It is difficult to imagine that enrollments at most US colleges and universities will not be dramatically down in the summer and fall. Students are unlikely to matriculate or return in large numbers to universities whose campuses are closed and whose courses are “delivered” online. And even if campuses re-open with a hyper-sanitized campus and back-up plans at the ready, it is hard to see students enrolling in droves.
While this may not be the case at elite private institutions or public Ivies, state 2-year, 4-year, comprehensive, and, yes, doctoral universities will all suffer dramatic drops in enrollment, as will private colleges and universities across the spectrum. And enrollment loss means loss of tuition revenue, which is the engine of private and most public colleges and universities.
My university is already facing a $7 million budget hole for the coming academic year because it did not meet its projections for enrollment in 2019-20. How much larger will this hole be for the second year of our biennial budget with tuition revenue down 10 or 20 or 30 percent or more in summer and fall 2020? It is not going to be pretty, my friends.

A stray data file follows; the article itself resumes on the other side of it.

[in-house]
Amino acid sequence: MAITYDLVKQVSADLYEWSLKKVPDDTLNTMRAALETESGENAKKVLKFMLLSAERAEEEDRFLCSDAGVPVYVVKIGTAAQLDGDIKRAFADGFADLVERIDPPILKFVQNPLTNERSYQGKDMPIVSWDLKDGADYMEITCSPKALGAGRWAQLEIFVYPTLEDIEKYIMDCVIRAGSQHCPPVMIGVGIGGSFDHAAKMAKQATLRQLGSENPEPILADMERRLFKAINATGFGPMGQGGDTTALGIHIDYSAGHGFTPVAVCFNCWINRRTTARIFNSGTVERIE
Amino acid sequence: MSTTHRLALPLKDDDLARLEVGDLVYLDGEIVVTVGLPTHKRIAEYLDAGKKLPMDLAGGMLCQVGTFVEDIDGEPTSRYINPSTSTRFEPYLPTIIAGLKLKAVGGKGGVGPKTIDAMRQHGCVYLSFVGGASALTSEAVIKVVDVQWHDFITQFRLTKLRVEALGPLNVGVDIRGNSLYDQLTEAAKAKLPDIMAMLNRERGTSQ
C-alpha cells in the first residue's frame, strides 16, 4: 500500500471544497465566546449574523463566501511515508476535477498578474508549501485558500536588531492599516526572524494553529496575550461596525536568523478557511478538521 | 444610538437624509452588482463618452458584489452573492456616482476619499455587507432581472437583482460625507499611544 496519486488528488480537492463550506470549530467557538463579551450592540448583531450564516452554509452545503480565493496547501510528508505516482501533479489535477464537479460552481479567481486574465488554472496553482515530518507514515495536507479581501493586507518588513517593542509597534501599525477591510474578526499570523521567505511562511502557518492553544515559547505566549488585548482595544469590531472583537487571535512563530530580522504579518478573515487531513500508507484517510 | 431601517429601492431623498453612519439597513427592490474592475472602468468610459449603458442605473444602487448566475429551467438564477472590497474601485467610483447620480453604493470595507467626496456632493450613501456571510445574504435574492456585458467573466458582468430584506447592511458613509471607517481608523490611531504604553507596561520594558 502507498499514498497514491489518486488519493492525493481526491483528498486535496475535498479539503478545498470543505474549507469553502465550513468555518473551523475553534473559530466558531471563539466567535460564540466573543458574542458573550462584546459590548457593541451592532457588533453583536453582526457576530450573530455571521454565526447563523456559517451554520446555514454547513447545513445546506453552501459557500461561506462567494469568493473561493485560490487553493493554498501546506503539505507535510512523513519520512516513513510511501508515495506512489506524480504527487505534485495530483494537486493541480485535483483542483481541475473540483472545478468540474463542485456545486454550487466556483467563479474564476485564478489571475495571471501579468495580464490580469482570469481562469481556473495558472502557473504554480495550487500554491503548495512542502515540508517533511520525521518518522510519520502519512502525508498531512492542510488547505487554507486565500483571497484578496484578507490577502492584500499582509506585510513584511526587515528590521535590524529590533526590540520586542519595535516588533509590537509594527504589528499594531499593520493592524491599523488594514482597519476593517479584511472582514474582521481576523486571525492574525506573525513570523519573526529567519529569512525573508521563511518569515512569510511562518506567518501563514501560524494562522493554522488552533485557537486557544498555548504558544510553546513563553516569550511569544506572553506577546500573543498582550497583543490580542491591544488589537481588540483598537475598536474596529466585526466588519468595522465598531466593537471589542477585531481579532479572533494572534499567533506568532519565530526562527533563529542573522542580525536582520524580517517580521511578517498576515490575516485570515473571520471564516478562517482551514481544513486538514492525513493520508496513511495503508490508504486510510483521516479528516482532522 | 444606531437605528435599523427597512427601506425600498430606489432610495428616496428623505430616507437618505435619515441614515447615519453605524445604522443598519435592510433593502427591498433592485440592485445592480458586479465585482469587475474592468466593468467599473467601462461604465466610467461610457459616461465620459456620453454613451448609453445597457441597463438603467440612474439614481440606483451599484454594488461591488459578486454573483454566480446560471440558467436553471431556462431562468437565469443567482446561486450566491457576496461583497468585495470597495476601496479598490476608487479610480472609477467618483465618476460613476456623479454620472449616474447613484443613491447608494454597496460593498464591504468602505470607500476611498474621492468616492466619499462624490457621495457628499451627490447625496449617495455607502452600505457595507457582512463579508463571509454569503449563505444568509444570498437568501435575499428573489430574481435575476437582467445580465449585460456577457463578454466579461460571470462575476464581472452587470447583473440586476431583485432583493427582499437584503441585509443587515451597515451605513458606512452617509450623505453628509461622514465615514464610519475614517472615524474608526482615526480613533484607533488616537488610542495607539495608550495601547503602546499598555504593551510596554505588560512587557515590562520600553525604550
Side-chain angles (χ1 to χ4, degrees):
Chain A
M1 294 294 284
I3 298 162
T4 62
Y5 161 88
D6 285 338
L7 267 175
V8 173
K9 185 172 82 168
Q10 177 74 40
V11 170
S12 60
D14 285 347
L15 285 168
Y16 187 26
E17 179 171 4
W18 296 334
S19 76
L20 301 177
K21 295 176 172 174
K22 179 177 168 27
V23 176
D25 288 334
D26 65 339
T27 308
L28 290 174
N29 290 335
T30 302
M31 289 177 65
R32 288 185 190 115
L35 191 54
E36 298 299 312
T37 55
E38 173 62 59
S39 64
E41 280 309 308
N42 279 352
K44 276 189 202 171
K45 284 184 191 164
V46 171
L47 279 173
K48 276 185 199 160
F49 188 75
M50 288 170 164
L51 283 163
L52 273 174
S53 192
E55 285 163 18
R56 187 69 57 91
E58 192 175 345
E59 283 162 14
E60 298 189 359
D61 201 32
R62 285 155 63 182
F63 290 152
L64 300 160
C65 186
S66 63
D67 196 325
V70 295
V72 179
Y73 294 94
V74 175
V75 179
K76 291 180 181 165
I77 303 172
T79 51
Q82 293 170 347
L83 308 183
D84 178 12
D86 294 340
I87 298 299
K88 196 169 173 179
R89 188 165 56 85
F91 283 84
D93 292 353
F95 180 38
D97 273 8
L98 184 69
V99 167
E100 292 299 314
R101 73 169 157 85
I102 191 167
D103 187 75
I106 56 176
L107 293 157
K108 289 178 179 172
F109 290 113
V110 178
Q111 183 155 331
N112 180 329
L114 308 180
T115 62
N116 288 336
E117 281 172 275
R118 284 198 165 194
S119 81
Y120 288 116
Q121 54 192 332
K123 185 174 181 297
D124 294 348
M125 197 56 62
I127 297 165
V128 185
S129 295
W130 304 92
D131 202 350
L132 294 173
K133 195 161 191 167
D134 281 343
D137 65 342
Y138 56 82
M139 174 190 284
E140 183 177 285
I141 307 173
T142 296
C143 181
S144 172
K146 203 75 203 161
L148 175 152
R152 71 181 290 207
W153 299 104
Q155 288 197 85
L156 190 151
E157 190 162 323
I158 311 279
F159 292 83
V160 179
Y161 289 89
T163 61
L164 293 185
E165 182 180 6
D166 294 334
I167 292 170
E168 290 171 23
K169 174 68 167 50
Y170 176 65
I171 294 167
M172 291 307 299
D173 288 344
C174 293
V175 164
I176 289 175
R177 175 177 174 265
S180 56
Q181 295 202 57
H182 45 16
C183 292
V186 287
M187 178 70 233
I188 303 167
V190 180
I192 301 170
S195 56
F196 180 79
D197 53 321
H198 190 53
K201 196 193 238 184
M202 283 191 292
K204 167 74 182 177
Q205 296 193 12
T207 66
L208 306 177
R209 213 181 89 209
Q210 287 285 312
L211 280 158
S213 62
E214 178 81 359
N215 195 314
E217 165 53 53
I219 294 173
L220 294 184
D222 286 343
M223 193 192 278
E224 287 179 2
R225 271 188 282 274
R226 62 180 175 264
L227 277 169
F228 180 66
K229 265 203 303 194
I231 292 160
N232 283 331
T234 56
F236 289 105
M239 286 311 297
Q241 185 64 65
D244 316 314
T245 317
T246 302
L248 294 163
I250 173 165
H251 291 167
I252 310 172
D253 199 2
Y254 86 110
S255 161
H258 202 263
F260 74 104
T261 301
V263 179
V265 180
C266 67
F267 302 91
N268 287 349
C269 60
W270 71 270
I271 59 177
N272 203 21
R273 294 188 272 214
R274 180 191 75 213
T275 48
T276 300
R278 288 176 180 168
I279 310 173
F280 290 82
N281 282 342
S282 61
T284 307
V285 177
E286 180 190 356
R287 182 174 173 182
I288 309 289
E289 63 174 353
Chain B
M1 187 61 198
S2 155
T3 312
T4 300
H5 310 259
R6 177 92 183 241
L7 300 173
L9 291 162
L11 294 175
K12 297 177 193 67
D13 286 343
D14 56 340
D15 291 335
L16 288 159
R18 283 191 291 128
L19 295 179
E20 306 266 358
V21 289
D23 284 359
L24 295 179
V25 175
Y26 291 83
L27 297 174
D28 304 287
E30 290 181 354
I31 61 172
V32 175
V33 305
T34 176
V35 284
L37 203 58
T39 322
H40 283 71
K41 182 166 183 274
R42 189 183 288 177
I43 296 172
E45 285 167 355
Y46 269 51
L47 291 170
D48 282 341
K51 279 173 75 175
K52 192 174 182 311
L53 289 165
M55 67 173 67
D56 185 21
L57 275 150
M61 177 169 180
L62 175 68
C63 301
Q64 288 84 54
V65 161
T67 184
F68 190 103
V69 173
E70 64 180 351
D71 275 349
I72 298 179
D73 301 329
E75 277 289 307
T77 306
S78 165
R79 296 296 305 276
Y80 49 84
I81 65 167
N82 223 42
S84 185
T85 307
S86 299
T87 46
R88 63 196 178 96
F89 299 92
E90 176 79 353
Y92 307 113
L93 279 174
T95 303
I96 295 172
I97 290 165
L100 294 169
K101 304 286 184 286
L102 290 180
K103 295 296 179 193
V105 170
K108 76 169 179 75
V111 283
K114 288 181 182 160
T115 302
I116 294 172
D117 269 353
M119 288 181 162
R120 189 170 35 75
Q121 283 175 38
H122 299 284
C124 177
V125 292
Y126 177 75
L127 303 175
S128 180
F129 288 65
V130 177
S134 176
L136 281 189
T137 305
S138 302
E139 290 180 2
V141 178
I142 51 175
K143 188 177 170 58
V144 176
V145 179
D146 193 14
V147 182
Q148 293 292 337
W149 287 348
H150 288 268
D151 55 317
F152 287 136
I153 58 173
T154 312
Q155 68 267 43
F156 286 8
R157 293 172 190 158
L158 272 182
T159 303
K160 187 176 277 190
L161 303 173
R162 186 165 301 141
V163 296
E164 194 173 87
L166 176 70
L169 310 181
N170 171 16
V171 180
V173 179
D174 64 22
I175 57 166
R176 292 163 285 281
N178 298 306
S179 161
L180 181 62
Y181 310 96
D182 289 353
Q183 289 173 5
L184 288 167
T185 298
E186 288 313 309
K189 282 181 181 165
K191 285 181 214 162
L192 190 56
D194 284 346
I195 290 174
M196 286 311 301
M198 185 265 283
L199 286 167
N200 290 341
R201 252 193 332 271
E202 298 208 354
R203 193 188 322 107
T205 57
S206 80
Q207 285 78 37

Public higher education in particular needs to be lobbying NOW for coronavirus financial assistance akin to that going to banks, airlines, retail, hotels, etc. We are, after all, as we have been told now for years, businesses. Without major infusions of cash from state and federal governments, we will see financial emergencies declared across the education sector beginning as early as the Fall.
And as most of you know, declaring financial emergency is at most universities a condition for firing tenured faculty and other academic and non-academic staff with “secure” employment. We will not continue to be paid if the physical or virtual doors to our campuses are not open, or if our departments or programs are shut down to address the financial emergency brought about by COVID-19.
Once the decks have been cleared of much of the salary costs that make up a university budget, then we will see the emergence of a variety of forms of online or hybrid universities. Fears that this crisis will transform higher education into an online industry are right, but only after the vast vast majority of existing public and private colleges and universities are closed or cut back so radically that they are almost unrecognizable.
I hope that I am dead wrong here, that we will have weathered this virus by summer and that students will return to the classroom in droves come September. But I am not optimistic. The sooner we begin lobbying for financial bailouts of the higher education industry along with those that Republicans and corporate Democrats make their money from, the sooner we will have any chance of saving colleges and universities from an otherwise catastrophic future.